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Less Jurassic!

This being Tuesday, I did not scrimmage with the boys during training late in the afternoon. Just as well; it rained as though by clockwork as training was about to start. It would have been bad for my new Mizuno boots, which I had grudgingly purchased the other week for lack of choices. The boots’ fine leather is gentle to the feet; but amphibious the boots are not. Rain will not be kind to the pair.

Because Christmas is just around the corner, it was dark not long after scrimmage started. We have lights at the field; but these do no more than augment the fast-fading light of the skies after sunset. To continue scrimmaging in the dark would have been foolhardy.

So, the boys had to be called in. It was while the boys were doing their cooling down stretches under the roof of the athletes’ station between the baseball diamond and the football pitch that my ear drums started to throb from the pounding of the drums as I played rock songs with my cell phone.

I pulled off the cell phone’s earphones, yanked the jack away and allowed Bon Jovi to continue playing over the phone’s built-in speaker. “I wanna be just as close as the Holy Ghost is…” Jon belted into the dark.

A few of the boys joined in, “…lay you down on a bed of roses…”

I smiled in the dark, although I did not say anything to indicate that I was feeling pleased that a few of the lads knew the lyrics of the song enough to sing along. Majority of the boys we have in the high school team were born either in 1994 or 1995. Bed of Roses, the number one hit single of the band that was part of its Keep the Faith album, was released in 1992.

The song is a timeless enough ballad that continues to be played over the airwaves to this day. It was, therefore, not very surprising that the boys knew the song – even if it was released before they were even born.

I continued to play songs till the boys were getting dressed at the athletes’ station by the handball court. Needless to say, I do not have hip-hop among my collection.

On a whim, I scrolled to my Bread album and played The Guitar Man. I have always loved this song. Its classic guitar licks are always a source of melodic ecstasy.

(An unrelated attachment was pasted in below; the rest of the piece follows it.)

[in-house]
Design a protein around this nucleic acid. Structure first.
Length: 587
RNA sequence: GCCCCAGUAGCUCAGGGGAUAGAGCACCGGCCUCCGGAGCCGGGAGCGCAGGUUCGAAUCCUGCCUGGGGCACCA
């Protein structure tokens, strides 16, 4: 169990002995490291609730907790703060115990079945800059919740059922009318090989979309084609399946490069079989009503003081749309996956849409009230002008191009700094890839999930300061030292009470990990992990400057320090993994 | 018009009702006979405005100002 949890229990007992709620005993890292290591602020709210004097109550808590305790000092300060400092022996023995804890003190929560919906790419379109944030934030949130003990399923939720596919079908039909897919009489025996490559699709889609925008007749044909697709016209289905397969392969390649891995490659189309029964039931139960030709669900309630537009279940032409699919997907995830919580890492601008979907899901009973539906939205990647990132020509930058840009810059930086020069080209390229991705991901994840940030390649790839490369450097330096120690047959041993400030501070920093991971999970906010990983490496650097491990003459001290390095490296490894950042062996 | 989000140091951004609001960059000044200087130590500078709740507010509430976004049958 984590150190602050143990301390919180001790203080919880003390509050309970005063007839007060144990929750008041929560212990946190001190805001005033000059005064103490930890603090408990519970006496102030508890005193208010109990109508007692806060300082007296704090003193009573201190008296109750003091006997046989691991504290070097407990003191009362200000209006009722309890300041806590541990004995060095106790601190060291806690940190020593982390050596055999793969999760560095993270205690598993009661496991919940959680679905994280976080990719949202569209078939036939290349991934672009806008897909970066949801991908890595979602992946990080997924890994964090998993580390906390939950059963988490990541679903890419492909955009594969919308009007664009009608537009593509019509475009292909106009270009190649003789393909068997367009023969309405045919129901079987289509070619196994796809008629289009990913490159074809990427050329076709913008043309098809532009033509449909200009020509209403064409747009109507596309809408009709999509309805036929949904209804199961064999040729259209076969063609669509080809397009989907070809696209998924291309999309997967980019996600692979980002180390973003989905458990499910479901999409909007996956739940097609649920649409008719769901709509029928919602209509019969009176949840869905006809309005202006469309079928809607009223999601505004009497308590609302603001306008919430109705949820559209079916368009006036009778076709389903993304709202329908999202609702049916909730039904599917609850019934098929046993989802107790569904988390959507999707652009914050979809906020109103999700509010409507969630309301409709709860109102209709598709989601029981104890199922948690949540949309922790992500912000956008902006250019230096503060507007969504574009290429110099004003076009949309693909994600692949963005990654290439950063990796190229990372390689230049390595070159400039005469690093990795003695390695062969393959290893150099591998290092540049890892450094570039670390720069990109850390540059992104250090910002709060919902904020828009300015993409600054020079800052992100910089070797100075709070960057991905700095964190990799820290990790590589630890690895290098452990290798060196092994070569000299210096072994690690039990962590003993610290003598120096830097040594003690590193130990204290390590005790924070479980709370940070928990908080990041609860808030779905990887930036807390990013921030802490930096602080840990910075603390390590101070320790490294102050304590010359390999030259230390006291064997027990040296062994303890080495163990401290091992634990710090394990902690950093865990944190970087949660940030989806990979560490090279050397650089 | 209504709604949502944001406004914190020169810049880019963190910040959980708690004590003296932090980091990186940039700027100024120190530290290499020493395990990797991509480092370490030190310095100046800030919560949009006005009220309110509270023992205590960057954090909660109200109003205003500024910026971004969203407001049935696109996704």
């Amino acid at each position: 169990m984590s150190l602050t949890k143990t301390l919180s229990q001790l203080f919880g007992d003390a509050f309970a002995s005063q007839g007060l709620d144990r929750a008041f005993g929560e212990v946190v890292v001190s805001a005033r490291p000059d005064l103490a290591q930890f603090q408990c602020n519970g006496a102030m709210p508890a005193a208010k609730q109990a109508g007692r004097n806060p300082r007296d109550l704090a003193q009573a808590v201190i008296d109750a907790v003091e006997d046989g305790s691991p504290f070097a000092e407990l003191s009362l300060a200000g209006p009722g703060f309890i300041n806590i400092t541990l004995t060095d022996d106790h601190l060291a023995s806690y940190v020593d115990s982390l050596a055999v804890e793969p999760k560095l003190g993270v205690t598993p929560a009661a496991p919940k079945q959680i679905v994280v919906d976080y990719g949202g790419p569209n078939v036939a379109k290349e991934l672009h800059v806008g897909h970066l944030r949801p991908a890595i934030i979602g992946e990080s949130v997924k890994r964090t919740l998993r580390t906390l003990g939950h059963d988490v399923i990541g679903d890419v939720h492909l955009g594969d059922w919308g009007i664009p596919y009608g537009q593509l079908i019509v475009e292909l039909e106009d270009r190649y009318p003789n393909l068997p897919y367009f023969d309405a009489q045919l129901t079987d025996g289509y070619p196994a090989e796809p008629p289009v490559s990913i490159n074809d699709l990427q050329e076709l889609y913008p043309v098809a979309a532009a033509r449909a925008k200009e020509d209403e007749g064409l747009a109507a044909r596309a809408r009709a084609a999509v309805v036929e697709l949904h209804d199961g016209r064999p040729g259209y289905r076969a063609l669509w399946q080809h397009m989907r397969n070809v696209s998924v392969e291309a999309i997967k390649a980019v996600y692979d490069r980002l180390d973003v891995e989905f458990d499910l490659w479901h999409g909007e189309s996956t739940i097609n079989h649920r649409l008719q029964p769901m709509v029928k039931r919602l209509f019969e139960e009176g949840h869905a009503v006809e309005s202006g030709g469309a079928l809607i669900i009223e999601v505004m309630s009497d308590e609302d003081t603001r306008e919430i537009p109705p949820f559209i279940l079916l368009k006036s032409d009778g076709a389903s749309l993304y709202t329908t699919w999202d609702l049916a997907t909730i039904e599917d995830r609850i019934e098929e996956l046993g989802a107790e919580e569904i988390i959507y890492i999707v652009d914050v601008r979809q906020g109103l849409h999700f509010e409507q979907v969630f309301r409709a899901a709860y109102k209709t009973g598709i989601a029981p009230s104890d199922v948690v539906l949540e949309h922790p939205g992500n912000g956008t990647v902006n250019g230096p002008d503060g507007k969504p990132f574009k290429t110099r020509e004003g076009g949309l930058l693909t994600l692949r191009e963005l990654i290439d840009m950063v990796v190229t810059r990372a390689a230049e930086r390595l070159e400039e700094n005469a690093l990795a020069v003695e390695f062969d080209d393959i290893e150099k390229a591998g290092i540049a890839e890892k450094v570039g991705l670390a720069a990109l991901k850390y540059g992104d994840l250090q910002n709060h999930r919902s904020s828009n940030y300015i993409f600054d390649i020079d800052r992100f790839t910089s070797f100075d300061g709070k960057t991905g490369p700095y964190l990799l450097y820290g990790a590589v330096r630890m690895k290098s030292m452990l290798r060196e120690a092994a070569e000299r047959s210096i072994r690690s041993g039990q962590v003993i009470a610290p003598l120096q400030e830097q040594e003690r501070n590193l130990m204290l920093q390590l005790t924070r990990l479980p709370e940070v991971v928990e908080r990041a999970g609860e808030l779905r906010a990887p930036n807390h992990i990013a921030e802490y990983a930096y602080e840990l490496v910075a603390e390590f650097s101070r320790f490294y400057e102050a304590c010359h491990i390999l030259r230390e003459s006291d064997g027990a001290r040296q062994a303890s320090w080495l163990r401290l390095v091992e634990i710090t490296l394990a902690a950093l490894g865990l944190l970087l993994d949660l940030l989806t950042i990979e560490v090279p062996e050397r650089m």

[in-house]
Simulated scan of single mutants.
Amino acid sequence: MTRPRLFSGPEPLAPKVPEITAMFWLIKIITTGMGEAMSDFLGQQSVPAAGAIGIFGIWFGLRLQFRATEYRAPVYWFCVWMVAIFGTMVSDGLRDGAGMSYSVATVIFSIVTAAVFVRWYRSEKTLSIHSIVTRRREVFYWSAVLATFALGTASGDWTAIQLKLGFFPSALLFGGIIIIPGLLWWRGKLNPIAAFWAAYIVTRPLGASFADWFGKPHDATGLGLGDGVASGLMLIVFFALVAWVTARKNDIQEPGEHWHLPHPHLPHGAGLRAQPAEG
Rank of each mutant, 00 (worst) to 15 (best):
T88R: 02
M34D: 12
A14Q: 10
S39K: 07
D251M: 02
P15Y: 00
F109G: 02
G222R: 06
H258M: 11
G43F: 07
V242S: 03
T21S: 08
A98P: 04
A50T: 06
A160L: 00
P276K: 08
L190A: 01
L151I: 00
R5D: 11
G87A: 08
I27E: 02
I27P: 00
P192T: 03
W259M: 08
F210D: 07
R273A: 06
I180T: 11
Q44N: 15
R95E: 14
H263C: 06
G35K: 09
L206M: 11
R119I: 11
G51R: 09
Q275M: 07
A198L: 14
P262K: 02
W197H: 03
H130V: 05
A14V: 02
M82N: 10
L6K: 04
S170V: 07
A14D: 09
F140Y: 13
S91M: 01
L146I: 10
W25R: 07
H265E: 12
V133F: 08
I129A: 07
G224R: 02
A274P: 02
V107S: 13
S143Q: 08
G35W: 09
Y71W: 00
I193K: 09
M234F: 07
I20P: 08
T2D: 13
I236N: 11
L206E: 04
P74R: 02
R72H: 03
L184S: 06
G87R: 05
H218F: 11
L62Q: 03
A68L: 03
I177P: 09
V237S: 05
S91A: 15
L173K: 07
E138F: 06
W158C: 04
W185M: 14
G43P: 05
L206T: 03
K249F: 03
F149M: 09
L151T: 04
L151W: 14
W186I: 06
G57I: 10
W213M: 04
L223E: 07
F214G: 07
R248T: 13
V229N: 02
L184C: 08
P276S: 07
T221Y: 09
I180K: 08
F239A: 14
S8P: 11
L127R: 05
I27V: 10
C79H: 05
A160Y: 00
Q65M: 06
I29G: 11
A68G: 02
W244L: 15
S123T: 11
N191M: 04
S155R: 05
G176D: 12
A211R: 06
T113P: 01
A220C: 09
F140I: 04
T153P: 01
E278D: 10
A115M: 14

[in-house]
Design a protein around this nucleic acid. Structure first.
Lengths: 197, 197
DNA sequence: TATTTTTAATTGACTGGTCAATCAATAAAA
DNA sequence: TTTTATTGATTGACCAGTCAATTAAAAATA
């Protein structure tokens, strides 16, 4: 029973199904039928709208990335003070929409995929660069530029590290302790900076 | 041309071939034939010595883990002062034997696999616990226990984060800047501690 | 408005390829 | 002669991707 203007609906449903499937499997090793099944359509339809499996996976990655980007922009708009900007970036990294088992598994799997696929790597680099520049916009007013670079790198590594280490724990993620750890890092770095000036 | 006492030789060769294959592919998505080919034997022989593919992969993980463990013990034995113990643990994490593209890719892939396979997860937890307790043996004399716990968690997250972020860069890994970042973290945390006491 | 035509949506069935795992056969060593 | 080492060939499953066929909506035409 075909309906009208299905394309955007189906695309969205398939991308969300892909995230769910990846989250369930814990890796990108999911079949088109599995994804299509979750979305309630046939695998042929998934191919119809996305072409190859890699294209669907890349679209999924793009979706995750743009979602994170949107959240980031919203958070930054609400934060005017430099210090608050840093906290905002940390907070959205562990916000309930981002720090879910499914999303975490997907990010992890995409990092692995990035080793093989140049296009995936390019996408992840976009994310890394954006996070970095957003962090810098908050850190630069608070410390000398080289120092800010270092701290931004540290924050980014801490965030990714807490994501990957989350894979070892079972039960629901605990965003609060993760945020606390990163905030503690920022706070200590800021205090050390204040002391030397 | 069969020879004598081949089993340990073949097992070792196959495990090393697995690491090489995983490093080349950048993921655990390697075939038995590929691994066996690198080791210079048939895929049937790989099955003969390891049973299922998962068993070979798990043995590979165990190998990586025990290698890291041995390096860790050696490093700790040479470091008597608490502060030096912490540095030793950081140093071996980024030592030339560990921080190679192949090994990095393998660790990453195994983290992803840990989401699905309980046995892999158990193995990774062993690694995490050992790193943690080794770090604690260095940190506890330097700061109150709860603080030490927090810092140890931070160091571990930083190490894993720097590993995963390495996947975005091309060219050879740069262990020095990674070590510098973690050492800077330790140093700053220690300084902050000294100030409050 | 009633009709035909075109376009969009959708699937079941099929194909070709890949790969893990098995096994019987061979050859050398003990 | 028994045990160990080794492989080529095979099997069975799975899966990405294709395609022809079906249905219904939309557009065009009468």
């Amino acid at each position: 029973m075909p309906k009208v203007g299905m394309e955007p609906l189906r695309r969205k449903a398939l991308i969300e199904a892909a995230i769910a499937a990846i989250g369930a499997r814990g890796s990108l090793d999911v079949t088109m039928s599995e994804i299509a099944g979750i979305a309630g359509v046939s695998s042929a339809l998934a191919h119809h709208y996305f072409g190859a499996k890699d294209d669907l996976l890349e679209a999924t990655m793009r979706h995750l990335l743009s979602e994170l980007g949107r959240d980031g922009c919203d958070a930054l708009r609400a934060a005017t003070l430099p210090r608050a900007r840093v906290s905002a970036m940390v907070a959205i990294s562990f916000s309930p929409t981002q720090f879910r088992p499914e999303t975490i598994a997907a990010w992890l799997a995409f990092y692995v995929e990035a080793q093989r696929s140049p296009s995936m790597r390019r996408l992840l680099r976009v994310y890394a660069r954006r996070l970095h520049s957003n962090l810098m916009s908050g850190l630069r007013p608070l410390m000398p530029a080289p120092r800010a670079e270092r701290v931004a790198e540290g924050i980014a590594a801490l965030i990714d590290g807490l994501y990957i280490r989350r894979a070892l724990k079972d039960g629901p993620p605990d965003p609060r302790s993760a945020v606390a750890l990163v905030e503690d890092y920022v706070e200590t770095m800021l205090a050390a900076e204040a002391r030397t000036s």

The boys chatted among themselves as they got dressed; and I could not really care less that nobody recognized the song I was playing. I was just playing it for my own listening pleasure. I mean, Bon Jovi is still relatively contemporary even to 16-year old kids. But Bread?

Then my phone shuffled to a new song. “And Aubrey was her name, a not so very ordinary girl or name, but who’s to blame…” Before long, somebody from among the boys was whistling along.

“Who was that???!!!” I demanded to know, completely stunned. I looked around; none of the boys spoke at first, everyone quite uncertain why I was animatedly looking around and asking. Finally, somebody spoke and said it was Alex.

I was amazed! The song first hit the airwaves back in 1972 as one of the cuts of a Bread album entitled The Guitar Man. That was – like – 38 years ago! I initially told the boys that the ballad must have started hitting the airwaves when I was in my senior high school year. I have now checked the Internet and realized my mistake. I was actually either a freshman or a sophomore!

How a 16-year old boy would know the song enough to whistle along I just thought absolutely remarkable! The boy just shrugged his shoulders and explained matter-of-factly that the folks at home like to play the oldies.

“Do you understand the lyrics of the song, Alex?” I asked. Naturally, he did not. “It is a love song,” I felt impelled to explain, and not that there was a lot in the way of enthusiasm in the boy’s demeanor, “about a girl with a man’s name.”

A few of the boys had started to listen in, and as we started to leave, one of them mentioned something about long-playing records. I could not help but laugh! Who still plays cassette tapes, let alone vinyl records on turntables? These are certifiable museum items; and I had the utmost joy discovering that some of the lads even knew what they were or how they looked like!

When I was their age, had somebody mentioned to me that one day in the distant future phones would take the place of those huge cabinet-sized stereo systems I grew up listening to, I would have given that person the strangest look. I would have thought I would be the object of the strangest looks from these guys had I ever dared to broach the subject of the music systems of my youth. Thus, I was tickled that – to my complete amazement – at least some of them knew all along.

Made me feel less of a fossil from the Jurassic Age…

And now, to indulge in a little nostalgia, Bread doing Aubrey:

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